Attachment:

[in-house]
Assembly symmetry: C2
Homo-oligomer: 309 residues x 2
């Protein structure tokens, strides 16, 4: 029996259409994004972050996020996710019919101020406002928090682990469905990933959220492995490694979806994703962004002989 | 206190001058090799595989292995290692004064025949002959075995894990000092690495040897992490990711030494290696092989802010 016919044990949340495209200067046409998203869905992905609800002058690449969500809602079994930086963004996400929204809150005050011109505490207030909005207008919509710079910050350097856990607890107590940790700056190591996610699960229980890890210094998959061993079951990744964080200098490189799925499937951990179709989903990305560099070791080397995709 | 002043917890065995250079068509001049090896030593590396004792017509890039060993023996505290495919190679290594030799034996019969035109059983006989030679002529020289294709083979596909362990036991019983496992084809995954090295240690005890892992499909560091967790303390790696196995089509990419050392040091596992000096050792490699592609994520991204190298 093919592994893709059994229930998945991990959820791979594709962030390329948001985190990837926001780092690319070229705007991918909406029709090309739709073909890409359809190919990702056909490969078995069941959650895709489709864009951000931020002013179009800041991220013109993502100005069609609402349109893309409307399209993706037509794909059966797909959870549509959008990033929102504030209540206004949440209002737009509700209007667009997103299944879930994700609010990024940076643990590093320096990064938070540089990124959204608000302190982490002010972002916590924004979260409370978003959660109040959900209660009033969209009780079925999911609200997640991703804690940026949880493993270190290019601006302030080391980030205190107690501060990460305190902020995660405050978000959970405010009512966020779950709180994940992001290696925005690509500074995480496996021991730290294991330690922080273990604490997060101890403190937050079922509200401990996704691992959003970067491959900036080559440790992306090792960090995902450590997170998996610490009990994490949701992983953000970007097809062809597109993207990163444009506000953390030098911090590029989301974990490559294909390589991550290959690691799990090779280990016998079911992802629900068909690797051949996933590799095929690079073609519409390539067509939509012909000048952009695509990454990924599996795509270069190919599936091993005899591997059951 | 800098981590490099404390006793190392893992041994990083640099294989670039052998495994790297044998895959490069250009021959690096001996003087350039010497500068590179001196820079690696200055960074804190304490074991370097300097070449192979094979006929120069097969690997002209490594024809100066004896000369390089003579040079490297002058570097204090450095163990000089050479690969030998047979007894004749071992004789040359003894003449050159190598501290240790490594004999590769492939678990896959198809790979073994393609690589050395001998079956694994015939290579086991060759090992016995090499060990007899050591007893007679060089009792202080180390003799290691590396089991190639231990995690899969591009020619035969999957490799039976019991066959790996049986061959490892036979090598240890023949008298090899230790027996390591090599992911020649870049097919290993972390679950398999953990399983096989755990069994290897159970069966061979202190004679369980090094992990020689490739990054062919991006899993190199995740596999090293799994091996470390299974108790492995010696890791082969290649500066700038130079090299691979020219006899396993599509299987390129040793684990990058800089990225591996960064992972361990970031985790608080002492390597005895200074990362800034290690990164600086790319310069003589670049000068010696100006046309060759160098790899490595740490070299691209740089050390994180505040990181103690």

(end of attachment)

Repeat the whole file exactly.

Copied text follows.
[in-house]
Assembly symmetry: C2
Homo-oligomer: 309 residues x 2
């Protein structure tokens, strides 16, 4: 029996259409994004972050996020996710019919101020406002928090682990469905990933959220492995490694979806994703962004002989 | 206190001058090799595989292995290692004064025949002959075995894990000092690495040897992490990711030494290696092989802010 016919044990949340495209200067046409998203869905992905609800002058690449969500809602079994930086963004996400929204809150005050011109505490207030909005207008919509710079910050350097856990607890107590940790700056190591996610699960229980890890210094998959061993079951990744964080200098490189799925499937951990179709989903990305560099070791080397995709 | 002043917890065995250079068509001049090896030593590396004792017509890039060993023996505290495919190679290594030799034996019969035109059983006989030679002529020289294709083979596909362990036991019983496992084809995954090295240690005890892992499909560091967790303390790696196995089509990419050392040091596992000096050792490699592609994520991204190298 093919592994893709059994229930998945991990959820791979594709962030390329948001985190990837926001780092690319070229705007991918909406029709090309739709073909890409359809190919990702056909490969078995069941959650895709489709864009951000931020002013179009800041991220013109993502100005069609609402349109893309409307399209993706037509794909059966797909959870549509959008990033929102504030209540206004949440209002737009509700209007667009997103299944879930994700609010990024940076643990590093320096990064938070540089990124959204608000302190982490002010972002916590924004979260409370978003959660109040959900209660009033969209009780079925999911609200997640991703804690940026949880493993270190290019601006302030080391980030205190107690501060990460305190902020995660405050978000959970405010009512966020779950709180994940992001290696925005690509500074995480496996021991730290294991330690922080273990604490997060101890403190937050079922509200401990996704691992959003970067491959900036080559440790992306090792960090995902450590997170998996610490009990994490949701992983953000970007097809062809597109993207990163444009506000953390030098911090590029989301974990490559294909390589991550290959690691799990090779280990016998079911992802629900068909690797051949996933590799095929690079073609519409390539067509939509012909000048952009695509990454990924599996795509270069190919599936091993005899591997059951 | 800098981590490099404390006793190392893992041994990083640099294989670039052998495994790297044998895959490069250009021959690096001996003087350039010497500068590179001196820079690696200055960074804190304490074991370097300097070449192979094979006929120069097969690997002209490594024809100066004896000369390089003579040079490297002058570097204090450095163990000089050479690969030998047979007894004749071992004789040359003894003449050159190598501290240790490594004999590769492939678990896959198809790979073994393609690589050395001998079956694994015939290579086991060759090992016995090499060990007899050591007893007679060089009792202080180390003799290691590396089991190639231990995690899969591009020619035969999957490799039976019991066959790996049986061959490892036979090598240890023949008298090899230790027996390591090599992911020649870049097919290993972390679950398999953990399983096989755990069994290897159970069966061979202190004679369980090094992990020689490739990054062919991006899993190199995740596999090293799994091996470390299974108790492995010696890791082969290649500066700038130079090299691979020219006899396993599509299987390129040793684990990058800089990225591996960064992972361990970031985790608080002492390597005895200074990362800034290690990164600086790319310069003589670049000068010696100006046309060759160098790899490595740490070299691209740089050390994180505040990181103690």